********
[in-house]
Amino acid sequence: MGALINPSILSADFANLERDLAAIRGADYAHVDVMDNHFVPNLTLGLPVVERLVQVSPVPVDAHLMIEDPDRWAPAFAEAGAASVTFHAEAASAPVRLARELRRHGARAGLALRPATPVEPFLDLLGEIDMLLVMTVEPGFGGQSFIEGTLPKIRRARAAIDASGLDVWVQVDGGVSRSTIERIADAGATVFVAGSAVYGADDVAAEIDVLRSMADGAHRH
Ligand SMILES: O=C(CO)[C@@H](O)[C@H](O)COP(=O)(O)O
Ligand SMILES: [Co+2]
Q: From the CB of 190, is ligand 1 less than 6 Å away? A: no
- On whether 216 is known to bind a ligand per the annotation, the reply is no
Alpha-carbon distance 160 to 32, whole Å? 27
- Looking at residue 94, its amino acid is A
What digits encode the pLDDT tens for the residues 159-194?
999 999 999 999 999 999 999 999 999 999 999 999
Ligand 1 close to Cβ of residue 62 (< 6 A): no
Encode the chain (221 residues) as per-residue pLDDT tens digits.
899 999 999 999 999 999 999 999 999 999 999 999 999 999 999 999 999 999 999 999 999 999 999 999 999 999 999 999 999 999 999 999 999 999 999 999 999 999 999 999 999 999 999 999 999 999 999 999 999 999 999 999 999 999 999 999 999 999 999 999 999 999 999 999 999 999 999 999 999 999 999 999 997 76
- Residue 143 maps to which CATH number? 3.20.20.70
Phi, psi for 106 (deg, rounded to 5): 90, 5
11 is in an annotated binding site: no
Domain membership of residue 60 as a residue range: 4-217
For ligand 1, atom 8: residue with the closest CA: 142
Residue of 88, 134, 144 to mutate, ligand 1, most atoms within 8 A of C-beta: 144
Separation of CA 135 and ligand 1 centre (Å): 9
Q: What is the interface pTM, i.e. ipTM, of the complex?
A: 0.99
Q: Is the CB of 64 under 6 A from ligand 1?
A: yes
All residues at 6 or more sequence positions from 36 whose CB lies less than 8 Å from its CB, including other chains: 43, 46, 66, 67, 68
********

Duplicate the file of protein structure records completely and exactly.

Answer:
[in-house]
Amino acid sequence: MGALINPSILSADFANLERDLAAIRGADYAHVDVMDNHFVPNLTLGLPVVERLVQVSPVPVDAHLMIEDPDRWAPAFAEAGAASVTFHAEAASAPVRLARELRRHGARAGLALRPATPVEPFLDLLGEIDMLLVMTVEPGFGGQSFIEGTLPKIRRARAAIDASGLDVWVQVDGGVSRSTIERIADAGATVFVAGSAVYGADDVAAEIDVLRSMADGAHRH
Ligand SMILES: O=C(CO)[C@@H](O)[C@H](O)COP(=O)(O)O
Ligand SMILES: [Co+2]
Q: From the CB of 190, is ligand 1 less than 6 Å away? A: no
- On whether 216 is known to bind a ligand per the annotation, the reply is no
Alpha-carbon distance 160 to 32, whole Å? 27
- Looking at residue 94, its amino acid is A
What digits encode the pLDDT tens for the residues 159-194?
999 999 999 999 999 999 999 999 999 999 999 999
Ligand 1 close to Cβ of residue 62 (< 6 A): no
Encode the chain (221 residues) as per-residue pLDDT tens digits.
899 999 999 999 999 999 999 999 999 999 999 999 999 999 999 999 999 999 999 999 999 999 999 999 999 999 999 999 999 999 999 999 999 999 999 999 999 999 999 999 999 999 999 999 999 999 999 999 999 999 999 999 999 999 999 999 999 999 999 999 999 999 999 999 999 999 999 999 999 999 999 999 997 76
- Residue 143 maps to which CATH number? 3.20.20.70
Phi, psi for 106 (deg, rounded to 5): 90, 5
11 is in an annotated binding site: no
Domain membership of residue 60 as a residue range: 4-217
For ligand 1, atom 8: residue with the closest CA: 142
Residue of 88, 134, 144 to mutate, ligand 1, most atoms within 8 A of C-beta: 144
Separation of CA 135 and ligand 1 centre (Å): 9
Q: What is the interface pTM, i.e. ipTM, of the complex?
A: 0.99
Q: Is the CB of 64 under 6 A from ligand 1?
A: yes
All residues at 6 or more sequence positions from 36 whose CB lies less than 8 Å from its CB, including other chains: 43, 46, 66, 67, 68